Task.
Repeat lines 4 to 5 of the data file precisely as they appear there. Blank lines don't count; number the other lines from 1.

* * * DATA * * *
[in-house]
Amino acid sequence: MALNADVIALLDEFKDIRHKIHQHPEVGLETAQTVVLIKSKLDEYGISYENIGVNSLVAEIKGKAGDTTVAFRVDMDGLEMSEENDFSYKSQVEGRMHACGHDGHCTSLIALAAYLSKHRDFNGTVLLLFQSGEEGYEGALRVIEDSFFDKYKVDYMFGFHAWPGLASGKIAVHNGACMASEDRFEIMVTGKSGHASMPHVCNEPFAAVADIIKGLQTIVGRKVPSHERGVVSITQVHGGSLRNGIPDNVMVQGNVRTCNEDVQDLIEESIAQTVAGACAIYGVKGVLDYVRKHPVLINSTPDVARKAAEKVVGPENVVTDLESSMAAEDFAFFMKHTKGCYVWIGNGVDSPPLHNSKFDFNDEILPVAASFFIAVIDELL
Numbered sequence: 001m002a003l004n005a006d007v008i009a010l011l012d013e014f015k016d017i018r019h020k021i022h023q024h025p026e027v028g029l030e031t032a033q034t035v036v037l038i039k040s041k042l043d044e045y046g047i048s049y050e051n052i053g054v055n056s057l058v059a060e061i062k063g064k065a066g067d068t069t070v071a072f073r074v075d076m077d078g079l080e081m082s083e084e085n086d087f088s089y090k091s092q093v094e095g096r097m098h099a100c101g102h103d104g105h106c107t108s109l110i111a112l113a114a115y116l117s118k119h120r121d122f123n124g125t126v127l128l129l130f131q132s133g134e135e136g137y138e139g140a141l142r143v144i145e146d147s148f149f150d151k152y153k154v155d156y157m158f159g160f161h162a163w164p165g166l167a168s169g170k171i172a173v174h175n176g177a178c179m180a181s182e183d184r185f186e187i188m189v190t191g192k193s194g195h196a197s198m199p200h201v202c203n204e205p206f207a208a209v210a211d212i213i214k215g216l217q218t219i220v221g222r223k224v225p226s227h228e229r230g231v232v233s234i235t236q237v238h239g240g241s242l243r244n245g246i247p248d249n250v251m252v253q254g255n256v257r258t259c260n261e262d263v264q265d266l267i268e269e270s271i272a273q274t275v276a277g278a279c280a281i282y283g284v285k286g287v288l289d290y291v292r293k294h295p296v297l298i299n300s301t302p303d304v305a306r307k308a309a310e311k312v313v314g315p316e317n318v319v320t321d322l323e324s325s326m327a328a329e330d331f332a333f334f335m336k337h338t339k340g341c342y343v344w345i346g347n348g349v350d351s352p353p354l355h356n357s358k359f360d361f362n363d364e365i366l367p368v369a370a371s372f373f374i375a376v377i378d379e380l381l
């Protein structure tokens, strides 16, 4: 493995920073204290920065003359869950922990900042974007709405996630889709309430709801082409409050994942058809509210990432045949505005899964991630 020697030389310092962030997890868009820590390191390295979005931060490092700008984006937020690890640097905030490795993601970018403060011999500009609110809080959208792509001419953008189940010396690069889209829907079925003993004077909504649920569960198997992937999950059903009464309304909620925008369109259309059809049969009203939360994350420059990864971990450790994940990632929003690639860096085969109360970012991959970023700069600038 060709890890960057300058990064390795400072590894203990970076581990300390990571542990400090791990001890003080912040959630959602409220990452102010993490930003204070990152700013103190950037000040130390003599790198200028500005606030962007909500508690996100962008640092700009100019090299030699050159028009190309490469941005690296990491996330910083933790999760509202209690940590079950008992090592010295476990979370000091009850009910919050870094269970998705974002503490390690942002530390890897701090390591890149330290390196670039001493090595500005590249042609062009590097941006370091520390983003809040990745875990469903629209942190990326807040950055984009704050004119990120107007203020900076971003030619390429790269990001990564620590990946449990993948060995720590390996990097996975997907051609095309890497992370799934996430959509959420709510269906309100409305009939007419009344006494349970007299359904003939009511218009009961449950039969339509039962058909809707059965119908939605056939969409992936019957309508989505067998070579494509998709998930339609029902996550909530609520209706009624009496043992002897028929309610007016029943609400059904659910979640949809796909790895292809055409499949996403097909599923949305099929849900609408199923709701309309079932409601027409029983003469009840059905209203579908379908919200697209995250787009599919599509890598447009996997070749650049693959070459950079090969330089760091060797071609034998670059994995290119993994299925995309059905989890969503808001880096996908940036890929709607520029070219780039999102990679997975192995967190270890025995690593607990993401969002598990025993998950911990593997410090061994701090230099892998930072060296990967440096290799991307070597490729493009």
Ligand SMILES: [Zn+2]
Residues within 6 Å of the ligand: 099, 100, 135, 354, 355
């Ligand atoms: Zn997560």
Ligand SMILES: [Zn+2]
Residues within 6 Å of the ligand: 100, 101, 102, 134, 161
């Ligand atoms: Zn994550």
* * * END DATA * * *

């Protein structure tokens, strides 16, 4: 493995920073204290920065003359869950922990900042974007709405996630889709309430709801082409409050994942058809509210990432045949505005899964991630 020697030389310092962030997890868009820590390191390295979005931060490092700008984006937020690890640097905030490795993601970018403060011999500009609110809080959208792509001419953008189940010396690069889209829907079925003993004077909504649920569960198997992937999950059903009464309304909620925008369109259309059809049969009203939360994350420059990864971990450790994940990632929003690639860096085969109360970012991959970023700069600038 060709890890960057300058990064390795400072590894203990970076581990300390990571542990400090791990001890003080912040959630959602409220990452102010993490930003204070990152700013103190950037000040130390003599790198200028500005606030962007909500508690996100962008640092700009100019090299030699050159028009190309490469941005690296990491996330910083933790999760509202209690940590079950008992090592010295476990979370000091009850009910919050870094269970998705974002503490390690942002530390890897701090390591890149330290390196670039001493090595500005590249042609062009590097941006370091520390983003809040990745875990469903629209942190990326807040950055984009704050004119990120107007203020900076971003030619390429790269990001990564620590990946449990993948060995720590390996990097996975997907051609095309890497992370799934996430959509959420709510269906309100409305009939007419009344006494349970007299359904003939009511218009009961449950039969339509039962058909809707059965119908939605056939969409992936019957309508989505067998070579494509998709998930339609029902996550909530609520209706009624009496043992002897028929309610007016029943609400059904659910979640949809796909790895292809055409499949996403097909599923949305099929849900609408199923709701309309079932409601027409029983003469009840059905209203579908379908919200697209995250787009599919599509890598447009996997070749650049693959070459950079090969330089760091060797071609034998670059994995290119993994299925995309059905989890969503808001880096996908940036890929709607520029070219780039999102990679997975192995967190270890025995690593607990993401969002598990025993998950911990593997410090061994701090230099892998930072060296990967440096290799991307070597490729493009």
Ligand SMILES: [Zn+2]